Germany, the European Union's biggest economy, has managed to avoid a formal reprimand from the European Union about its growing government budget deficit. Reports say EU finance ministers have agreed not to issue the warning at their meeting later today, after Berlin pledged to get its budget close to balanced by 2004 and not to increase government spending. But what are the consequences of this action? Will it be seen as preferential treatment for a big EU member over small members, insofar as Ireland received a similar warning last year?
Prague, 12 February 2002 (RFE/RL) -- Germany has successfully fended off the European Union's attempt to issue a formal early warning that Berlin's budget deficit is approaching the limit set in the union's common Growth and Stability Pact.
Today's meeting of EU economic and finance ministers in Brussels was to have issued the warning, which is mandatory under the technical terms of the pact. Both Germany and Portugal were to be censured, but the plan was dropped after Germany promised to come close to balancing its budget by 2004 and to curb government spending.
The compromise comes after several weeks of unusually harsh comments directed at Brussels from German Chancellor Gerhard Schroeder, who among other things compared Germany to a milk cow. That's a reference to the fact that Berlin pays by far the biggest share of the bills in the union. Such a good cow should be well treated if it is to continue giving milk, Schroeder said.
The planned warning would have been a source of embarrassment for Schroeder, who faces a difficult federal election in the fall. There is also a certain irony in the situation, as Brussels-based analyst Alexander Hobza of the Centre for European Policy Studies notes.
"It's well-known that it was Germany itself which proposed the [creation] of the pact, and in this sense it has become the country which proposed the arrangements and then tries to avoid them afterwards. Of course, that would not send good signals."
Another senior analyst, Adrian Ottnad of the Institute for Economy and Society in Bonn, says the decision not to issue the warnings will be seen by smaller EU members as unfair preferential treatment for bigger economies. Ireland was censured last year for inflationary budget arrangements. Ottnad also says it undermines the credibility of the stability pact, insofar as he does not see how Germany can live up to the commitment it has just given to the ministers.
"I am not very optimistic, First of all, with respect to the German government's reaction, the government is now telling us that it will reach a balanced budget by 2004, that it is willing to do this. [But] this is not more than simply saying it and I think it is not worth the paper it's written upon, because things have not changed in any way, and the problems with lack of sustainability in the budget are still there and I do not see how the government can reach that goal."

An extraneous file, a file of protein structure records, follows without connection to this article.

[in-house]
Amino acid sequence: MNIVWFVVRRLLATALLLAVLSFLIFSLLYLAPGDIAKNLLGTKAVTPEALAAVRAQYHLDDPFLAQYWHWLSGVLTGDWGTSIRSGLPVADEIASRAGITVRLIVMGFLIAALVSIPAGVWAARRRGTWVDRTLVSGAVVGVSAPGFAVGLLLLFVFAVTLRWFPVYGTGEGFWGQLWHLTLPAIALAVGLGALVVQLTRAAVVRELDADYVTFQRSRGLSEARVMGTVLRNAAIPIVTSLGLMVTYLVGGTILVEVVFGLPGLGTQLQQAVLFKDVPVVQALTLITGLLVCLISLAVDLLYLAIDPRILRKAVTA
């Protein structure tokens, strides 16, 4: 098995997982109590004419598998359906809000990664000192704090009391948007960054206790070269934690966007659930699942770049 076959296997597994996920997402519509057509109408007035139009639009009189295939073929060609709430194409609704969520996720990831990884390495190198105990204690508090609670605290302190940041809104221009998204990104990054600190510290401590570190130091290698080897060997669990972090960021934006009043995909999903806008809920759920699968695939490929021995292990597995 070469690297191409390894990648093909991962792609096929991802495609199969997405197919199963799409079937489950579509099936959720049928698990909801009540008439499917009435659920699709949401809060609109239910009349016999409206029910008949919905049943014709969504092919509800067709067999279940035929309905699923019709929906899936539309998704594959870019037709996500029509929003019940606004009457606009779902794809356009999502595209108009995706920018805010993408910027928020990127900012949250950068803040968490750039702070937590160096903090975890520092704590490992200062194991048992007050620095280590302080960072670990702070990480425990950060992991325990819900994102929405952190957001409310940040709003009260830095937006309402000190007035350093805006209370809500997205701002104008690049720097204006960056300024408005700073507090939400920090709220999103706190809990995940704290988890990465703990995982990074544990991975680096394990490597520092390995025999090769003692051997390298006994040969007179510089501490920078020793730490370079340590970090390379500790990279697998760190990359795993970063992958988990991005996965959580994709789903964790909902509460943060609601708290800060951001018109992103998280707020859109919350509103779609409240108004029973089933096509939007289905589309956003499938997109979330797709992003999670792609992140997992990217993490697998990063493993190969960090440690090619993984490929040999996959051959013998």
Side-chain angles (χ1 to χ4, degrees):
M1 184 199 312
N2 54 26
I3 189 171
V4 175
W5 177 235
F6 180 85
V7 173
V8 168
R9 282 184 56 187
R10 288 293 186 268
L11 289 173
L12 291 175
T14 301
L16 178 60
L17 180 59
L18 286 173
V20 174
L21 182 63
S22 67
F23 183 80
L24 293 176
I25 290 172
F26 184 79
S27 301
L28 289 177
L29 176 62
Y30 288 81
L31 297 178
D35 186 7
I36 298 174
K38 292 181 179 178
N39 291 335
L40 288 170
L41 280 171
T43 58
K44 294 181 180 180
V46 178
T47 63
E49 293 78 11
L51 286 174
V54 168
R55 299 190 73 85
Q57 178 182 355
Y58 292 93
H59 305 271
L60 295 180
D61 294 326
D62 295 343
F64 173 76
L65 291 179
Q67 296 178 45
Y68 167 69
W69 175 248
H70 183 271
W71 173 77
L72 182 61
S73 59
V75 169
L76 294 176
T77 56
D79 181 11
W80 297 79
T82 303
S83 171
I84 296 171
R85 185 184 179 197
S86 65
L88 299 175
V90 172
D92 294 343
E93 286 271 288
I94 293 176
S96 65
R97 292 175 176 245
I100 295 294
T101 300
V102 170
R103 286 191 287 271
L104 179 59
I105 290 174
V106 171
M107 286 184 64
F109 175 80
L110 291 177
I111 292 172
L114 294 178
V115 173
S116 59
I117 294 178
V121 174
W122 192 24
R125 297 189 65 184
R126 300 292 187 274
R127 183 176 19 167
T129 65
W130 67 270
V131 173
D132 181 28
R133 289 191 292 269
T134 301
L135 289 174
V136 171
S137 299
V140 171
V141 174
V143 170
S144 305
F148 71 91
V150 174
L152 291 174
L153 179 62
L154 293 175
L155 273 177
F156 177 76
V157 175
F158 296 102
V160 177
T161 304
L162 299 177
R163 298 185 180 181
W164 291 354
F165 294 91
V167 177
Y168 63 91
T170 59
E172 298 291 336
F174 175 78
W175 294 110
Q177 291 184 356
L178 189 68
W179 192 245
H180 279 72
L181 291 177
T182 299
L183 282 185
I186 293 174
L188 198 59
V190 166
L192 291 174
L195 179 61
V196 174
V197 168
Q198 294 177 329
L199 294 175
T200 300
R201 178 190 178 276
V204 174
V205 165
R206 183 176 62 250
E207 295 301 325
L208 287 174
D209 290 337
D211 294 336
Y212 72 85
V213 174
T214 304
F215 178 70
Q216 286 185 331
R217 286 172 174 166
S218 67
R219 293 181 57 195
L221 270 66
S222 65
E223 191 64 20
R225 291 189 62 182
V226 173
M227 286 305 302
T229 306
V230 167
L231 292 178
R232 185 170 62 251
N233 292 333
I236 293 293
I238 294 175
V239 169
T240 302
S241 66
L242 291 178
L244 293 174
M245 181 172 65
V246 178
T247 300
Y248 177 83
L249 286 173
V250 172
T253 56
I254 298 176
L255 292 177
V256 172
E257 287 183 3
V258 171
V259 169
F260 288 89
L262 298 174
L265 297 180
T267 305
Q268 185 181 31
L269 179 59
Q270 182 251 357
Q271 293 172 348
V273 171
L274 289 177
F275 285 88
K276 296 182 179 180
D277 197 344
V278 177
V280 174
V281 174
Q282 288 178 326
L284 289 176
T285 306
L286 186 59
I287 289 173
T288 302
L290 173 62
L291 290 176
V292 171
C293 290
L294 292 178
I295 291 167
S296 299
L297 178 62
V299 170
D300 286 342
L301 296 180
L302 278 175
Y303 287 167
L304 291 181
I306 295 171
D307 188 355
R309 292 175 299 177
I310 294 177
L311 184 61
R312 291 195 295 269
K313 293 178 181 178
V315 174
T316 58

The analyst adds that Schroeder's harsh reaction to the EU authorities will help deepen the cracks in the pact. In Prague, a Czech analyst at the Institute of International Relations, Petr Drulak, agrees the decision will fuel resentment among smaller members.
"It seems that if the country is small, then there is no problem to reprimand it, but if a big economy gets into trouble, people are very careful not to be too nasty."
Drulak calls for a redesign of the terms of the stability pact to make it more flexible, which might help avoid situations like the current one from arising again.
"One should make more room for a flexible fiscal policy, perhaps not insisting dogmatically on numbers which were agreed, on this 3 percent budget deficit. Because once there is economic crisis -- or [perhaps] not crisis, but at any rate economic troubles -- then it may make very good economic sense to have an even higher budget deficit, with the idea that you balance the budget deficit in times of boom."
Back in Brussels, analyst Hobza is saying things on the whole are not "critical." He notes the warning in any case would only have been provisional, in that Germany has not reached the 3 percent deficit level. For that reason, he expects only limited reaction from the financial markets.
"I do not think that financial markets should react too violently to this, but of course from a political point of view, this creates a problem [for the EU] because you cannot send such a warning to anyone else, if Germany seeks to avoid the same."
And analyst Ottnad in Bonn sees what has happened as a temptation for other EU members to do the same -- namely, to relax their grip on the budget, with France being a likely country to do this. And, of course, that in turn could influence the Eastern candidate members not to take budgetary restraint seriously. In Prague, analyst Drulak takes up the same theme, but says he does not see a serious impact on the candidates.
"I would say the signal [to the accession countries] is subtle. I would call it quite a subtle signal, because it does not argue in favor of fiscal profligacy. From that point of view, I would not call it a wrong signal to candidate countries that they do not have to keep their books in order."